If Winter Comes

If Winter Comes

Theatrical poster
Directed by Victor Saville
Produced by Pandro S. Berman
Written by Arthur Wimperis
Marguerite Roberts
A.S.M. Hutchinson (novel)
Music by Herbert Stothart
Cinematography George J. Folsey
Edited by Ferris Webster
Distributed by Metro-Goldwyn-Mayer
Release dates
  • December 31, 1947 (1947-12-31)
Running time
97 min
Country United States
Language English
Budget $1,740,000[1]
Box office $1,949,000[1]

If Winter Comes is a 1947 drama film released by MGM. The movie was directed by Victor Saville, based on the novel by A.S.M. Hutchinson. The film tells the story of an English textbook writer who takes in a pregnant girl. The novel had previously been made into the 1923 film If Winter Comes.[2]


Set in the English village Penny Green in 1939, the film focuses on Mark Sabre, an author and publisher who is unhappily married to Mabel, a humorless and cold woman who usually spends her days gossiping with the townspeople. When Mark finds out his former sweetheart Nona Tybar is returning to Penny Green, Mark, unlike his wife, is delighted. Nona is married to a man named Tony Tyber, but is still in love with Mark. Mabel is aware of Mark's feelings for Nona, and encourages him to spend time with her, thinking he will eventually decide with whom he wants to spend his life.

As the war starts, Tony is called into the military, while Mark attempts to join up but a doctor finds a heart condition and prevents him. Nona leaves Penny Green in order to join the Women's Auxiliary Air Force. Life becomes quiet for Mark, until Effie Bright, who is disowned by her father for having become pregnant, turns to him for help.

Mark helps Effie, and lets her live in his home while he looks for a better situation for her. This causes a great scandal. His boss had been looking for a way to fire Mark, and, as a result of the morals clause at his place of employment, he loses his job. Mabel leaves Mark, under the impression that Mark has fathered Effie's baby. The townspeople soon denounce Mark and when Effie, who was already mentally under stress because the father of her baby, off at war, hadn't written her, and she is served with the notice that she is co-respondent in the divorce, so she commits suicide by poisoning herself. At the inquest to determine Effie's cause of death, numerous witnesses give anecdotal incomplete evidence suggesting a sexual relationship between Mark and Effie. Nona appears, having just learned of Tony's death, and makes a short speech in support of Mark's character. The inquest determines that Effie's cause of death was suicide, though they censure Mark for his behavior.

Returning home, a distraught Mark finds a note addressed to him from Effie. In it, Effie names her lover. It happens to be Harold Twyning, the son of one of Mark's coworkers at the publishing company. Mark furiously heads to the company to confront the young Twyning's father, but when he gets there, the man is grief-stricken, just having received the news that his son has been killed in the war. Mark decides not to share the letter with him, but, just as he is about to burn the letter, he has a heart attack, and passes out.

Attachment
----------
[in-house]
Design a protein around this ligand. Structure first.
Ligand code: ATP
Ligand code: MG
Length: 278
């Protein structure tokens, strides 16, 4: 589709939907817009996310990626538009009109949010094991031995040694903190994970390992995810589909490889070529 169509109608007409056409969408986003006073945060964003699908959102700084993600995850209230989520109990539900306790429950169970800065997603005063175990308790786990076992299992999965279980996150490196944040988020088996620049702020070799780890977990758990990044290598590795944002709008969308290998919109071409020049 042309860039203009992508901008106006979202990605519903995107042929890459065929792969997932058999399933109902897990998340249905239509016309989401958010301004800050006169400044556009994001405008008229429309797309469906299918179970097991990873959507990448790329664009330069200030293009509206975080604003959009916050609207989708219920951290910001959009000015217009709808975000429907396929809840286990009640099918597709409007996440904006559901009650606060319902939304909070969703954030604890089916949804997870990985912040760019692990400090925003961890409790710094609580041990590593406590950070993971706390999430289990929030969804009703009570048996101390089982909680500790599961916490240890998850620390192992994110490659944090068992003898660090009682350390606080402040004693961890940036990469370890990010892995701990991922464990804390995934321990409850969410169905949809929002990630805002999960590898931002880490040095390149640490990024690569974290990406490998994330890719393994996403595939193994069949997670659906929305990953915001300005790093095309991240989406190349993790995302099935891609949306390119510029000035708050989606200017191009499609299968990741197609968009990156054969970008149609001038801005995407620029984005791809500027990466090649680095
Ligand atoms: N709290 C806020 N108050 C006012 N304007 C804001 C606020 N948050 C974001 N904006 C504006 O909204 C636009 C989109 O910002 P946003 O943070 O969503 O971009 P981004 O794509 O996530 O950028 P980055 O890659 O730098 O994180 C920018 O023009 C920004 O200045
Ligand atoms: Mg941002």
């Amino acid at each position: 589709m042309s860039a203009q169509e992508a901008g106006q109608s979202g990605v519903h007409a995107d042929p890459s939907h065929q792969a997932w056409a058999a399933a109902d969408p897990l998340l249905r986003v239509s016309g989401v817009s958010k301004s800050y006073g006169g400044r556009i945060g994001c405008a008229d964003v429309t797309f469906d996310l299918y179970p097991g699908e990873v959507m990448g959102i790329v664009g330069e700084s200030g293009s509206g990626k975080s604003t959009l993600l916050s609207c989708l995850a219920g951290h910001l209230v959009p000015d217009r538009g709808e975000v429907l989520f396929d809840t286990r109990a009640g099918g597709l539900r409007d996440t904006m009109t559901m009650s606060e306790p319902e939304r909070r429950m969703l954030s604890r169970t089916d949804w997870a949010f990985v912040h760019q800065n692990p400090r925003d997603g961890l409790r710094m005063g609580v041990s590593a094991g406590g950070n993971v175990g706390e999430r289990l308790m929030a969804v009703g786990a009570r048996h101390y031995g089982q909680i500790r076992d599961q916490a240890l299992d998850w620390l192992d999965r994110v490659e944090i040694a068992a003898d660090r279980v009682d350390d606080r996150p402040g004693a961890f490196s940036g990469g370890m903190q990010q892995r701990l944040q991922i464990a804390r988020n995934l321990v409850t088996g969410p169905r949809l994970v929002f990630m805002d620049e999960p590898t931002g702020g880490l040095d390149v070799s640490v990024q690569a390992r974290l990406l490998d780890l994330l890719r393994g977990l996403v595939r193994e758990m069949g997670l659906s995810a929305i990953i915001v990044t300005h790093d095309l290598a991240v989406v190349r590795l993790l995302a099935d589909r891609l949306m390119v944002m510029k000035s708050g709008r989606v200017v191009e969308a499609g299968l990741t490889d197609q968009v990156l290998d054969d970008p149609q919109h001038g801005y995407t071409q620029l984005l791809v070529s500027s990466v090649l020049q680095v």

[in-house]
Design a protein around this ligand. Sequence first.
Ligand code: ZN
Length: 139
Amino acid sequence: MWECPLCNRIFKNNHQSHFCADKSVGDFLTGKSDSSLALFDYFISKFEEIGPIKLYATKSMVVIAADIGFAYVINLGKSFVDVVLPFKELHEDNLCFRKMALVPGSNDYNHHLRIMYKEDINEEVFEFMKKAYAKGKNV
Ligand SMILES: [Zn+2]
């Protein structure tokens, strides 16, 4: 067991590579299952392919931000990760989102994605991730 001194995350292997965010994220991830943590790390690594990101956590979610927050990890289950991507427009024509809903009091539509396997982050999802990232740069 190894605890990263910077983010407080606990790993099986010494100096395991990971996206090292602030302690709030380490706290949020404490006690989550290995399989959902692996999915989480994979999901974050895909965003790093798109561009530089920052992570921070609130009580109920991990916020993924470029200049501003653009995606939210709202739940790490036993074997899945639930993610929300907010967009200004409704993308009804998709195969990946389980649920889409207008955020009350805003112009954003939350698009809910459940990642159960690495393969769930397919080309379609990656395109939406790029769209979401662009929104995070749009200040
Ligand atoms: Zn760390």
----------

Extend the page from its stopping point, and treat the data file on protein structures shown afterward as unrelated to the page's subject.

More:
Weeks pass as Mark convalesces. Nona returns to Mark, and they burn Effie's letter together.



Producer David O. Selznick bought the rights of the novel in 1939 and intended on casting either Joan Fontaine or Vivien Leigh in the female lead roles and Leslie Howard or Laurence Olivier in the male leads.[3] Furthermore, John Cromwell was assigned as the film's director.[3] Production was supposed to start on March 1, 1940, but Selznick eventually abandoned the project and sold the rights to Alexander Korda.[3]

In 1943, Robert Donat was set to star and the production, which was still under direction of Korda, was set to be filmed on location.[3] Donat was supposed to reteam with Greer Garson, with whom he previously starred in Goodbye, Mr. Chips (1939).[4] However, when Donat suddenly became unavailable, he was replaced by Walter Pidgeon in October 1943.[5] Because the reteaming collapsed, Garson's part went to Deborah Kerr, whose participation was confirmed in April 1947.[4][6] Direction eventually went to Victor Saville, who had no interest in the project but agreed to direct it in order to work with Kerr.[7]

Impressed by her performance in The Picture of Dorian Gray (1945), Saville assigned Angela Lansbury as Mabel Sabre.[4] The casting of Janet Leigh followed in the summer of 1947.[4] Her accent in the film was coached by the niece of C. Aubrey Smith.[4]

Saville, determined on making films visually more realistic, introduced "indirect lighting" in the film.[8]


The film earned $1,115,000 in the US and Canada and $834,000 elsewhere, resulting in a loss of $465,000.[1]


  1. 1 2 3 "The Eddie Mannix Ledger". Los Angeles: Margaret Herrick Library, Center for Motion Picture Study{{inconsistent citations}}.
  2. "If Winter Comes: Notes". Turner Classic Movies. Retrieved 2011-07-08.
  3. 1 2 3 4 "Notes for If Winter Comes (1948)". Turner Classic Movies. Retrieved 2010-02-05.
  4. 1 2 3 4 5 "If Winter Comes: Overview Article". Turner Classic Movies. Retrieved 2010-02-05.
  5. "Pidgeon to Be Star of Metro Remake of 'If Winter Comes' -- Two Films Due Today". The New York Times. 1943-10-08. Retrieved 2010-02-05.
  6. Brady, Thomas F. (1947-04-18). "DEBORAH KERR GETS ROLE IN NEW MOVIE; Will Co-star With Pidgeon in 'If Winter Comes' at Metro -- Saville Is Director". The New York Times. Retrieved 2010-02-05.
  7. Evergreen: Victor Saville in his own words by Victor Saville and Roy Moseley. p.171
  8. Evergreen: Victor Saville in his own words by Victor Saville and Roy Moseley. p.172

External links

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